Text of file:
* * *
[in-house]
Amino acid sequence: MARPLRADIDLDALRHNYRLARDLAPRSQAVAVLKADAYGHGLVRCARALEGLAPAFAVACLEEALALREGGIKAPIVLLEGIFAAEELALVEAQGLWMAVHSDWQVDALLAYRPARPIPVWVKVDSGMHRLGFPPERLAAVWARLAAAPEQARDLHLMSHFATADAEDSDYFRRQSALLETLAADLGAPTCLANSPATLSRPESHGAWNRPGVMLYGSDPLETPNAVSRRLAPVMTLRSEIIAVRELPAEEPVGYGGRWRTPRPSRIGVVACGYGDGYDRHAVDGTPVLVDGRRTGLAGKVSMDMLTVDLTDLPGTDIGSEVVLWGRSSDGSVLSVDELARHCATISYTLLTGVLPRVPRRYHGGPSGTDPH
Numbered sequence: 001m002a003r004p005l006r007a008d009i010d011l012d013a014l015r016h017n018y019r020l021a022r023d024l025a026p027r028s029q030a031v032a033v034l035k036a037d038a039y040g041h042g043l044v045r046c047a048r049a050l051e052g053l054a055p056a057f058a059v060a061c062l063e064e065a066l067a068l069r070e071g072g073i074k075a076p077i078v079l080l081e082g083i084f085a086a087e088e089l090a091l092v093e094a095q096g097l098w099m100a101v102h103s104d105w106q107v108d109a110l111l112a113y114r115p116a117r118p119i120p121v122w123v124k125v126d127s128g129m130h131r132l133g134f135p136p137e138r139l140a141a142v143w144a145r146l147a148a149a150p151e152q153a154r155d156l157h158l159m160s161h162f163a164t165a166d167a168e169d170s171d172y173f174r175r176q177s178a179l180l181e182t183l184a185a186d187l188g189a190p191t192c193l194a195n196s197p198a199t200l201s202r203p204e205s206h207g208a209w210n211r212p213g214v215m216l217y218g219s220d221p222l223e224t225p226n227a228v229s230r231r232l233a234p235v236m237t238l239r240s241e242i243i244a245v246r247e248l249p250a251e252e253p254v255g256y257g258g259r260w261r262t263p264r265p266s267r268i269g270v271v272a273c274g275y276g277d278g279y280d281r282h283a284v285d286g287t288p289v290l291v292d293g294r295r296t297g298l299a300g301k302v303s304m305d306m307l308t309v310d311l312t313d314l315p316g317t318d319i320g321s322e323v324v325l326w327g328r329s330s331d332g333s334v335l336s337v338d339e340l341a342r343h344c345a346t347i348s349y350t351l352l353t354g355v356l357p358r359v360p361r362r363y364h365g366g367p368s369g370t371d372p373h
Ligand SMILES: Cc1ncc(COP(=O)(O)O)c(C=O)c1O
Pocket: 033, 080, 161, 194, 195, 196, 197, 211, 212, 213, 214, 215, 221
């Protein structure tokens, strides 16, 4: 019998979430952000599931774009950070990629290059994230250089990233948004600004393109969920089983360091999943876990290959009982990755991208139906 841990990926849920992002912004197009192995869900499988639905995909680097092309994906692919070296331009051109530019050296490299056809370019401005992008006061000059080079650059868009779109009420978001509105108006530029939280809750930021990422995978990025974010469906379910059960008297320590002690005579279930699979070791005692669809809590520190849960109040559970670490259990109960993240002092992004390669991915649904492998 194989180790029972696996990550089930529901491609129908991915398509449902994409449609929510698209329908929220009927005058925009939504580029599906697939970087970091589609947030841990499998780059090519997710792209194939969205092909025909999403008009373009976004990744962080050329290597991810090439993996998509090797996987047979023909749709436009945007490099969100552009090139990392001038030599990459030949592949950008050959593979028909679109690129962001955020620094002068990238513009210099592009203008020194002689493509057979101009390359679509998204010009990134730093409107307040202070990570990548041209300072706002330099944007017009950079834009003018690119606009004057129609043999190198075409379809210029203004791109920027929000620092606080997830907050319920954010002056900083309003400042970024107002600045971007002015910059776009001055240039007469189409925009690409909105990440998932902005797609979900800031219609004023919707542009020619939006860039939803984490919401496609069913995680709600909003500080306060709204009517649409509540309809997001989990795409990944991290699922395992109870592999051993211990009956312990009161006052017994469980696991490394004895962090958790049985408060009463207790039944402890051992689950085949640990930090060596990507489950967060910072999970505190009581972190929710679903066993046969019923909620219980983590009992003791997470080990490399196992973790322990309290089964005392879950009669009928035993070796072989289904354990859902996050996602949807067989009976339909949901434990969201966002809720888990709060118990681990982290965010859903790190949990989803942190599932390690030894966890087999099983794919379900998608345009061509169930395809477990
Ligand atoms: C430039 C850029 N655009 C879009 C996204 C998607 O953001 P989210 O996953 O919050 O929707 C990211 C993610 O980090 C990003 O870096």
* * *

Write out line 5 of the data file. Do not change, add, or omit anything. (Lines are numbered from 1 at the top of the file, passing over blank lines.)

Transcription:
Pocket: 033, 080, 161, 194, 195, 196, 197, 211, 212, 213, 214, 215, 221